Monday, December 3, 2012

The Cost of Sea Level Rises: Two Trillion Per Year

Rising sea levels are not only imperiling people, the cost to property and infrastructure amounts to trillions of dollars a year. However, if governments act now they can significantly reduce the costs associated with sea level rises. Failure to act soon will cause the costs to increase exponentially.

According to a study from the Stockholm Environment Institute called “Valuing the Oceans”, if the rise of greenhouse gases continues to go unchecked, it will result in lasting damage that will cost $2 trillion each year.

A warmer planet will also continue to cause ocean acidification and diminished levels of oxygen in the seas. These events will destroy coral reefs and decimate fish stocks which will impact people and economies around the world.

As reviewed in a PhysOrg article, in addition to material costs there is also a dramatic human cost, as low-lying areas particularly those around the the coastlines of Africa and Asia are at risk of inundation. The report states that if temperatures continue to rise with a projected increase of four degrees Celsius (7.2 degrees Fahrenheit) by the end of the century, the cost in 2050 will be $428 billion annually, or 0.25 percent of global domestic product (GDP). By 2100, the cost would rise to $1,979 billion, or 0.37 percent of output.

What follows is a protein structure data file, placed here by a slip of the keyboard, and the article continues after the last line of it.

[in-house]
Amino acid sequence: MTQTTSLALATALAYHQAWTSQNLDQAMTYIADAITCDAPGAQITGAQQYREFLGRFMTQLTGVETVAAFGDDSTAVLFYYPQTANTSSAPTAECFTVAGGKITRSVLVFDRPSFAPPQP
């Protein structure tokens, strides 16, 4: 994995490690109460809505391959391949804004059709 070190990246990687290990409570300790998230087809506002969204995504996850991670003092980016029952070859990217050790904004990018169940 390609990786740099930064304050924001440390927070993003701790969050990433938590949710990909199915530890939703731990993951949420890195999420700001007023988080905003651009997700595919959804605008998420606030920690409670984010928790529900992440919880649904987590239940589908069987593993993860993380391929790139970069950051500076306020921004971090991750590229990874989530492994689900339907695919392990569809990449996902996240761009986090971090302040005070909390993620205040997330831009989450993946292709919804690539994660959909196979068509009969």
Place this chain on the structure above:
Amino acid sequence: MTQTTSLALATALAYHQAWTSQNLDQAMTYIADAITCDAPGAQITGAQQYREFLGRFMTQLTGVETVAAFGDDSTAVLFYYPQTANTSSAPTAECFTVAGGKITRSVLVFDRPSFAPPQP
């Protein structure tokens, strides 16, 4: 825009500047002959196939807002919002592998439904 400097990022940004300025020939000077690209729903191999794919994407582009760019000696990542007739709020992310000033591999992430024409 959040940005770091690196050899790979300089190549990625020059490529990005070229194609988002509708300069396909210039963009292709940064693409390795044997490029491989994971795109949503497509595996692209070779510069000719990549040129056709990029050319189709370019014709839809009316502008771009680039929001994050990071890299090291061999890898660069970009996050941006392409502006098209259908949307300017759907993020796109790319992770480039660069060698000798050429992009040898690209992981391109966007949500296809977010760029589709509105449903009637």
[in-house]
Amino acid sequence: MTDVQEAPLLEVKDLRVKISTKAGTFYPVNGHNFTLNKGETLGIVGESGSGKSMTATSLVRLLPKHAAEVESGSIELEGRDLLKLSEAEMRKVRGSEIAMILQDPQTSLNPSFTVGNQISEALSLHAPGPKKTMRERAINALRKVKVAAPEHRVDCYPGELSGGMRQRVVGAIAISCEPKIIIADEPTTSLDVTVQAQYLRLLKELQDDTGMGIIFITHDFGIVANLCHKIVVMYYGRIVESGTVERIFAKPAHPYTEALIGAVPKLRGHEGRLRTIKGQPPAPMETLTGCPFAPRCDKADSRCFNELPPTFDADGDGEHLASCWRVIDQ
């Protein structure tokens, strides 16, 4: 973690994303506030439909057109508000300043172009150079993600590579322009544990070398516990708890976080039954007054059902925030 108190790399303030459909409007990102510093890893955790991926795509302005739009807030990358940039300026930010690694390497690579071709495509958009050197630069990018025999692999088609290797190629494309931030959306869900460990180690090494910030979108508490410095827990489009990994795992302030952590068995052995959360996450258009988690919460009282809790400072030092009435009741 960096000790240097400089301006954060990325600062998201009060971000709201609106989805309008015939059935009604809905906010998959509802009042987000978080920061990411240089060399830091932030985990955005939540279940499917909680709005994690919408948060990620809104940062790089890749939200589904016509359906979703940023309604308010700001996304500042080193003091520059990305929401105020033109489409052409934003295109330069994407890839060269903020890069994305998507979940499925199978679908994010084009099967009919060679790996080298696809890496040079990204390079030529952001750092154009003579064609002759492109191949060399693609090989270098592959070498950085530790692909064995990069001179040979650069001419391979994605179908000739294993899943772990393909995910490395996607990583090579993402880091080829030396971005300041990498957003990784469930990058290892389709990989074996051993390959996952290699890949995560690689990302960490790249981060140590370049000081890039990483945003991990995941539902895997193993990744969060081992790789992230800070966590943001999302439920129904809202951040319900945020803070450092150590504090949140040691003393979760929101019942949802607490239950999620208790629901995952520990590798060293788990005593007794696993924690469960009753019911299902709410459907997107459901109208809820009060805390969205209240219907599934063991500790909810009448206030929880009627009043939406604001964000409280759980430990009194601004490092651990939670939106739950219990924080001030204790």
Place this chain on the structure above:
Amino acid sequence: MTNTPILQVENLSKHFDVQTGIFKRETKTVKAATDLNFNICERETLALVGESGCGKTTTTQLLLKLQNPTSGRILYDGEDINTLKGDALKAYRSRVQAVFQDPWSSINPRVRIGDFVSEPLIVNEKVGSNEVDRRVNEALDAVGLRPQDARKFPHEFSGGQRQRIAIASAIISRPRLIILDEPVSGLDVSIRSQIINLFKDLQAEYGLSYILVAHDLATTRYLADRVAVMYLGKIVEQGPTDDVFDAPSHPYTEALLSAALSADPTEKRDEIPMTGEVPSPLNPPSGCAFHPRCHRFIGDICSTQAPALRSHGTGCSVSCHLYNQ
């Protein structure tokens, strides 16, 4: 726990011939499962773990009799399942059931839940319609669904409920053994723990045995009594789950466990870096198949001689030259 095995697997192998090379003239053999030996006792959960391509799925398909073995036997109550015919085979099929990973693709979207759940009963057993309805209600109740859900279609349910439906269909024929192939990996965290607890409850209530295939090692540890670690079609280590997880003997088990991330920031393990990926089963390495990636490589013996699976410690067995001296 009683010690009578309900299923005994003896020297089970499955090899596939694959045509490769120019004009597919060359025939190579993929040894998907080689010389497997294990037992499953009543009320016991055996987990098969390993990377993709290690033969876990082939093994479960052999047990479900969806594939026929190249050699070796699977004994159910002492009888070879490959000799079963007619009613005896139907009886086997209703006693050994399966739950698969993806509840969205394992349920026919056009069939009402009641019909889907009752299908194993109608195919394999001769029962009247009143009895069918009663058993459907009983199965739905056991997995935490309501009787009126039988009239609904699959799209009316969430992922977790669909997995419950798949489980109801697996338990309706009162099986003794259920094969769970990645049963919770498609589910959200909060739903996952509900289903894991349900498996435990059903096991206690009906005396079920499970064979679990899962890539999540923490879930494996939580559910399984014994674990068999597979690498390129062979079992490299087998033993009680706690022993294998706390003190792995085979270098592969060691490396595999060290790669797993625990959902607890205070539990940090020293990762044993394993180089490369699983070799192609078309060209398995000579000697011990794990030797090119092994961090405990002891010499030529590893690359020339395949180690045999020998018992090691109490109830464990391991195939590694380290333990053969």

If global governments choose to act now and warming is limited to 2.2 C (4 F), the cost in 2050 would be $105 billion, or 0.06 percent of worldwide GDP, rising to $612 billion, or 0.11 percent, by 2100.

“This is not a scaremongering forecast,” says the report. ”The ocean has always been thought of as the epitome of unconquerable, inexhaustible vastness and variety, but this ‘plenty more fish in the sea’ image may be its worst enemy.”

The actual impact of rising sea levels may prove to be even worse than suggested in this study. The report did not consider the costs to small island states which are subject to the most acute risks, nor did it factor the extraordinary disruption of the world's food chain.

© 2012, Richard Matthews. All rights reserved.

Related Articles
Scientists Warn we Must Act to Diminish Rising Sea Levels
America at Risk from Rising Sea Levels
Sea Levels are Rising 60 Percent Faster than Anticipated
Urgent Appeal to Save our Oceans
Marshall Islands World Ocean Day 2012
State of the Climate Global Analysis Nov 2011
Seven Ways to Save the Seas
OECD Environmental Outlook to 2050: The Consequences of Inaction
Population Growth and Climate Change will Add to the World Water Crisis
Water Management Webcast: Cities and the Global Water Crisis

1 comment:

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